Share this article on:

Declining risk of triple-class antiretroviral drug failure in Danish HIV-infected individuals

Lohse, Nicolaia; Obel, Nielsa; Kronborg, Gitteb; Laursen, Alexc; Pedersen, Courta; Larsen, Carsten Sd; Kvinesdal, Birgite; Sørensen, Henrik Toftf,g; Gerstoft, Janh

Epidemiology and Social

Objectives: To analyse the incidence, prevalence, and predictors for development of triple-class antiretroviral drug failure (TCF) in individuals infected with HIV.

Design: Population-based observational cohort study from 1 January 1995 to 31 December 2003, focusing on all 2722 recipients of highly active antiretroviral therapy (HAART) in Denmark.

Methods: We used person-years analysis, Kaplan–Meier survival curves and Cox regression analysis. TCF was defined as a minimum of 120 days with viral load > 1000 copies/ml on treatment with each of the three major drug classes.

Results: We observed 177 TCFs, yielding a crude incidence rate (IR) of 1.8 per 100 person-years [95% confidence interval (CI), 1.6–2.1]. Seven years after initiation of HAART, 17.2% (95% CI, 14.5–20.5) of antiretroviral (ART)-experienced patients, but only 7.0% (95% CI, 4.3–11.2) of ART-naive patients were estimated to have failed. After an initial rise, the IR from the third to the sixth year of HAART declined significantly for ART-experienced patients [incidence rate ratio (IRR), 0.80 per year (95% CI, 0.66–0.97); P = 0.022], and non-significantly for ART-naive patients [IRR, 0.79 per year (95% CI, 0.53–1.18); P = 0.255]. The IR for all patients being followed each year declined from 1997 to 2003 [IRR, 0.88 (95% CI, 0.81–0.96); P = 0.002]. The prevalence of TCF remained stable at less than 7% after 2000. Predictors of TCF at commencement of HAART were a CD4 cell count below 200, a previous AIDS-defining event, previous antiretroviral exposure, earlier year of HAART initiation, and young age.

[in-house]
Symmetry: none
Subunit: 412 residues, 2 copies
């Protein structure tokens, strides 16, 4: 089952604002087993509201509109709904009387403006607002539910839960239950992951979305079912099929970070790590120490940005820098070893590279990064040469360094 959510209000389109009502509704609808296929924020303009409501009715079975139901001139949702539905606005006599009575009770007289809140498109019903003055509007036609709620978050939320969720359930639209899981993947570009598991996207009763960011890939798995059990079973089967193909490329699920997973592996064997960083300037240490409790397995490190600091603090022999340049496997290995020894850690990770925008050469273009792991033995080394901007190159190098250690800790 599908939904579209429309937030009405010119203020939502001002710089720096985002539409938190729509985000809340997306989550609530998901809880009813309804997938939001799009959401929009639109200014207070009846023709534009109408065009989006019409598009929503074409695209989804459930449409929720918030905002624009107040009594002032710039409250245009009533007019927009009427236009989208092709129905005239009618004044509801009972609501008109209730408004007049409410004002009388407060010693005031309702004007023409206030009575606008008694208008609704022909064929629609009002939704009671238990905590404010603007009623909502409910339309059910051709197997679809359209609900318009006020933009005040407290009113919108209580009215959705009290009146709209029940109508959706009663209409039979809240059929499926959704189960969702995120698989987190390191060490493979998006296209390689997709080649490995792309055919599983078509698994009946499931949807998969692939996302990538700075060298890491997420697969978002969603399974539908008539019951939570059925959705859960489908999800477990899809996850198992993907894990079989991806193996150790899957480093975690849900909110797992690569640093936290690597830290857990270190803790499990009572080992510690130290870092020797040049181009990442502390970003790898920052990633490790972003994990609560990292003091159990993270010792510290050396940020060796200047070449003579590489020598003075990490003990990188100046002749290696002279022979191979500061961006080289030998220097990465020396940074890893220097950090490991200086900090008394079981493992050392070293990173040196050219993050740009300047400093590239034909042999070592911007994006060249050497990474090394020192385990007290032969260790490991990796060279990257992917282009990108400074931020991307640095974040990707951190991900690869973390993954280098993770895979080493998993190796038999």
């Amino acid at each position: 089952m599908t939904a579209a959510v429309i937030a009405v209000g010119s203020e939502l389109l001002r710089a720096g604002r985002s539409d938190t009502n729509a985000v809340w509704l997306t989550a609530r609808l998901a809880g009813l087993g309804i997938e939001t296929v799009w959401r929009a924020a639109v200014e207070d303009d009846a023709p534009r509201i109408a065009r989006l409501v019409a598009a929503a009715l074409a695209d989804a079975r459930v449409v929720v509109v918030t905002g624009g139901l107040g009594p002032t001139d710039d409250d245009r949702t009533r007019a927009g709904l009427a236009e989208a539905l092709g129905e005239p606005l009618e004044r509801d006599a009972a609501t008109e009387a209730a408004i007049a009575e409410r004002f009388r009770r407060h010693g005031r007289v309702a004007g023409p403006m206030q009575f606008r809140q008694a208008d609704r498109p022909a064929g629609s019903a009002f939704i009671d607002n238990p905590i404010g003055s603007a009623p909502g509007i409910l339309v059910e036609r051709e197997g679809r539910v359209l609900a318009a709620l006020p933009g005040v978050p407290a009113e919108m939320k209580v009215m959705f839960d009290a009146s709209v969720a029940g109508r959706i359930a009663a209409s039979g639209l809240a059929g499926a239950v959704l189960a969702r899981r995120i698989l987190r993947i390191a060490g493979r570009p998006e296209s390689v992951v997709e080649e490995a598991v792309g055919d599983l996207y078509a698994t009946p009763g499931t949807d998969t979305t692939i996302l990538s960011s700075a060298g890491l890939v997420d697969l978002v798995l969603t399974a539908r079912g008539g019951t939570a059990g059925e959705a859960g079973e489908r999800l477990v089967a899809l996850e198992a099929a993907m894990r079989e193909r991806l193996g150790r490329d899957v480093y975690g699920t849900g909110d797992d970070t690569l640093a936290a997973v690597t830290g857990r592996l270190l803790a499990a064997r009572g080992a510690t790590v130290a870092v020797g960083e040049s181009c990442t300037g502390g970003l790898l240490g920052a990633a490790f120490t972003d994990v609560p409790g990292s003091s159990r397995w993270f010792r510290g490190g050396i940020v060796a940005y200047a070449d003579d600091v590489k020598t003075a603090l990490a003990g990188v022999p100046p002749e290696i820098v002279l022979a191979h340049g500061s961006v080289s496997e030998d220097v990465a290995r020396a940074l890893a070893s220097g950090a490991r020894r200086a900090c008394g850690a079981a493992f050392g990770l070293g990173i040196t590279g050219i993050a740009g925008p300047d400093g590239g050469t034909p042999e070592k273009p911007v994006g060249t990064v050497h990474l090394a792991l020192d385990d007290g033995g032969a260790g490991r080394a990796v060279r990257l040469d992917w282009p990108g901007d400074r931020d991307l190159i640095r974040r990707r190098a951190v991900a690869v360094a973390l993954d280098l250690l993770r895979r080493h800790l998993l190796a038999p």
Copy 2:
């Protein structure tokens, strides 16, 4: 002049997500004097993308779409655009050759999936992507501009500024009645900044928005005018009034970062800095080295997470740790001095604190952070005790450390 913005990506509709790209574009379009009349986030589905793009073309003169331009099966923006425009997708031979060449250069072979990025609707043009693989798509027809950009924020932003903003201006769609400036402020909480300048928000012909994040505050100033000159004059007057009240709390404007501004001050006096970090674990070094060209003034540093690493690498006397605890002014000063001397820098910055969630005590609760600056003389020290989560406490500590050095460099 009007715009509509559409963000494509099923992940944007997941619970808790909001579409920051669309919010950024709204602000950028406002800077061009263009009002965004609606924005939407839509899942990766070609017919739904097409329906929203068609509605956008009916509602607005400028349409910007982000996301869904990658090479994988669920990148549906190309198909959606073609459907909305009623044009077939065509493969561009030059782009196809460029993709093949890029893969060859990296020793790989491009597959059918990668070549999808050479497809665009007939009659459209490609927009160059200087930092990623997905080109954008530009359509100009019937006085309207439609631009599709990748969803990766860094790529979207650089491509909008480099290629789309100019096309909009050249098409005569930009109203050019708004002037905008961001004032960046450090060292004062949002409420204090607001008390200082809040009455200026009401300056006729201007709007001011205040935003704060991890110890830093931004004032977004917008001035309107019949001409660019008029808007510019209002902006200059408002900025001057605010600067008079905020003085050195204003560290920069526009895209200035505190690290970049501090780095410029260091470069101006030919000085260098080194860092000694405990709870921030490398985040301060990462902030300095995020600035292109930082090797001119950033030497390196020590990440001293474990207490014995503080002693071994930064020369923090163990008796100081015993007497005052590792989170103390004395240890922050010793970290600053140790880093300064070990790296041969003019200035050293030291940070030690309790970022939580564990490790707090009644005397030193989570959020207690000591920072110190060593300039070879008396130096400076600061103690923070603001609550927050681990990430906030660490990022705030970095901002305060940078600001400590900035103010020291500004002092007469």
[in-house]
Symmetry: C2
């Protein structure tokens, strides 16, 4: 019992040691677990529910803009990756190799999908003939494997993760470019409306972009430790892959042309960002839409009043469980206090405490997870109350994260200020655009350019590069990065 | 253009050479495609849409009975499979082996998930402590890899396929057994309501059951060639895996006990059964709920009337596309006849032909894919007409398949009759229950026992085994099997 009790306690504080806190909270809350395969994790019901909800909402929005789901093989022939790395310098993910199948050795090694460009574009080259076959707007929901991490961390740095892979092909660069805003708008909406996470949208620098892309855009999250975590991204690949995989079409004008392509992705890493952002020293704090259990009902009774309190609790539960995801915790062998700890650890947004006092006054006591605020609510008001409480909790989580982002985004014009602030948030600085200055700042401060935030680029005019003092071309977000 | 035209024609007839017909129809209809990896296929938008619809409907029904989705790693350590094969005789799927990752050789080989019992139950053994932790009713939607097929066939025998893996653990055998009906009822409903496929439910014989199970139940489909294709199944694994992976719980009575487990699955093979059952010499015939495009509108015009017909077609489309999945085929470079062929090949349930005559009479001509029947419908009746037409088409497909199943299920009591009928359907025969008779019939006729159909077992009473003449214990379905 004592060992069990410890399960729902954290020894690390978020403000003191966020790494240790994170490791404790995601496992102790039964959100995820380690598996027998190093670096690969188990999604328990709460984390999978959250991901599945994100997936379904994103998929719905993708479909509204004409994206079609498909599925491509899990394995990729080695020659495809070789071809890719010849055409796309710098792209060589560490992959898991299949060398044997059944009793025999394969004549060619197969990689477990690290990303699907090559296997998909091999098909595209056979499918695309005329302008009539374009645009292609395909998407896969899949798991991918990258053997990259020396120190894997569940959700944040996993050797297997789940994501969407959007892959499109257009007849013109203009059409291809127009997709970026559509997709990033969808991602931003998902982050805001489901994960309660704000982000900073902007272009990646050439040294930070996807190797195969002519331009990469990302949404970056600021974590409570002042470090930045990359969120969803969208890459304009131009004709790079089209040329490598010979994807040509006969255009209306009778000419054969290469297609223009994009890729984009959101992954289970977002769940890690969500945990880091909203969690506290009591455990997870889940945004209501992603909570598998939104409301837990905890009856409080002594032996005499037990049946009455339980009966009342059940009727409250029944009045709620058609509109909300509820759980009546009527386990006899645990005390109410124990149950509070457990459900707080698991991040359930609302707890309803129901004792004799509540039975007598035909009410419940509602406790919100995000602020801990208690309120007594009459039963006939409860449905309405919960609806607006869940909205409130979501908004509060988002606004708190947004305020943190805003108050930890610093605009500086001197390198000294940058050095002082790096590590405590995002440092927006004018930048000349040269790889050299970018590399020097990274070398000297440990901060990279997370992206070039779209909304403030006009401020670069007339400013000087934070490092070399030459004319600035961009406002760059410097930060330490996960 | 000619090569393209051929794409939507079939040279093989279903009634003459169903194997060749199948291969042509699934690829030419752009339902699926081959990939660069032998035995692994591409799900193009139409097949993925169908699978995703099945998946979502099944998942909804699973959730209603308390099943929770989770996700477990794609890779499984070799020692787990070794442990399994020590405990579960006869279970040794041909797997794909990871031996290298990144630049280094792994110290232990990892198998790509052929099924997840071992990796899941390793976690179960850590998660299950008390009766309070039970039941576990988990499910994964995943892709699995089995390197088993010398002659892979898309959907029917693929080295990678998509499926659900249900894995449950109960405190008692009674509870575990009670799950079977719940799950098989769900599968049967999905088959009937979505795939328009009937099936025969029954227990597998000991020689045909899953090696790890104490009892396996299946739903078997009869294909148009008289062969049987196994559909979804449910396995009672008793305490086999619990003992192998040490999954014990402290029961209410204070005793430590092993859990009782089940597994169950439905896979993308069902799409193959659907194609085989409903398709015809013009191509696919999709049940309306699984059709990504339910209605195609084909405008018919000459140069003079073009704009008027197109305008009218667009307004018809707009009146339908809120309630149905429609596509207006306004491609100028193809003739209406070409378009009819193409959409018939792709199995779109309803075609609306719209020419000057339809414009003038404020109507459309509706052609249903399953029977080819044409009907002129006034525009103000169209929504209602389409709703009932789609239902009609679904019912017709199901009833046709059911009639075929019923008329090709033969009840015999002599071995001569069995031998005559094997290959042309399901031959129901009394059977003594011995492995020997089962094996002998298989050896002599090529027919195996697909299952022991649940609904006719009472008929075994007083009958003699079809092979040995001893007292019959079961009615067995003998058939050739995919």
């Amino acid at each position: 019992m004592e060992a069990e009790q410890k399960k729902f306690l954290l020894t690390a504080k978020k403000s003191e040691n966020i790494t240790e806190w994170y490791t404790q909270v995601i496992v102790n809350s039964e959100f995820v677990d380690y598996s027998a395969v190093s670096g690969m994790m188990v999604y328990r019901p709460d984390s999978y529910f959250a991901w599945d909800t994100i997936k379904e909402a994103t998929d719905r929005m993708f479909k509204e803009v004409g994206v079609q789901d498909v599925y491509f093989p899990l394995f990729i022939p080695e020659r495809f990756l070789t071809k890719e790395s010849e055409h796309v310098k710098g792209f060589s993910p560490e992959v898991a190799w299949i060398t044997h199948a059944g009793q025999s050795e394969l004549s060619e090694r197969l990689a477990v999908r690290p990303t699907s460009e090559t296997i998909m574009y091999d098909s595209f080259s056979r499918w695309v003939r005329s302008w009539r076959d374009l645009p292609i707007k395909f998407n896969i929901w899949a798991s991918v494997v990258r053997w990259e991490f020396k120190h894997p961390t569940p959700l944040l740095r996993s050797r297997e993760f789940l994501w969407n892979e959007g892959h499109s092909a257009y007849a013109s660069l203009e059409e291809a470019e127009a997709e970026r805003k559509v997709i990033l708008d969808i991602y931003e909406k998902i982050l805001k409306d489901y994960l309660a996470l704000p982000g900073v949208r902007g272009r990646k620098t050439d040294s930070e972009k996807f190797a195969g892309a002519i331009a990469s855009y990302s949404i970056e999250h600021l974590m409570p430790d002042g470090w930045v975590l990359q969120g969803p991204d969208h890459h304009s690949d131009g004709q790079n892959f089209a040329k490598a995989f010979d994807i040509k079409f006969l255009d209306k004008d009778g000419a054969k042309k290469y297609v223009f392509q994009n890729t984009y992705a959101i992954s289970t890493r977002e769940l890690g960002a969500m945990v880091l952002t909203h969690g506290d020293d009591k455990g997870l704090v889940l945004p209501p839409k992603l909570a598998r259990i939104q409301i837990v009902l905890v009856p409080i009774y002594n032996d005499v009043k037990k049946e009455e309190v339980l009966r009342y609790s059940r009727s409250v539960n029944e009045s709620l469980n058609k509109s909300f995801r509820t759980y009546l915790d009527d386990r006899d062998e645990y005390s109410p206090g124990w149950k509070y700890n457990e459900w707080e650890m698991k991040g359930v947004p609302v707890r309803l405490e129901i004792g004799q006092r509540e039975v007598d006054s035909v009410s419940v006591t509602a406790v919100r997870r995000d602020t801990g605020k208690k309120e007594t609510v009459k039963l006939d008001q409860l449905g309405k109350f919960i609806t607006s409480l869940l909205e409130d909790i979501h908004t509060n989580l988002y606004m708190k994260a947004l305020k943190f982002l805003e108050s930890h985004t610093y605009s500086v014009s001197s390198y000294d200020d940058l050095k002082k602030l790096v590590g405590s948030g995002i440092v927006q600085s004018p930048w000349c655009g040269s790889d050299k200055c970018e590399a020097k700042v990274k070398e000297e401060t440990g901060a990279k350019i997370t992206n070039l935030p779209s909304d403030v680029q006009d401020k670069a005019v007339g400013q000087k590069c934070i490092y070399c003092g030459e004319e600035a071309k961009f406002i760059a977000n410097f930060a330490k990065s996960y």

Conclusions: The risk of TCF is declining in Denmark and the prevalence remains stable.

From the aOdense University Hospital, and University of Southern Denmark, Odense

bCopenhagen University Hospital Hvidovre, Hvidovre

cAarhus University Hospital Skejby, Aarhus

dAalborg Hospital, Aalborg

eHelsingør Hospital, Helsingør

fDepartment of Clinical Epidemiology, Aarhus University Hospital, Aarhus, Denmark

gDepartment of Epidemiology, Boston University, Boston, Massachusetts, USA

hCopenhagen University Hospital Rigshospitalet, Denmark.

Received 27 September, 2004

Revised 30 January, 2005

Accepted 14 February, 2005

Correspondence to Nicolai Lohse, Department of Infectious Diseases, Odense University Hospital, Sdr. Boulevard 29, DK-5000 Odense C, Denmark. E-mail:

© 2005 Lippincott Williams & Wilkins, Inc.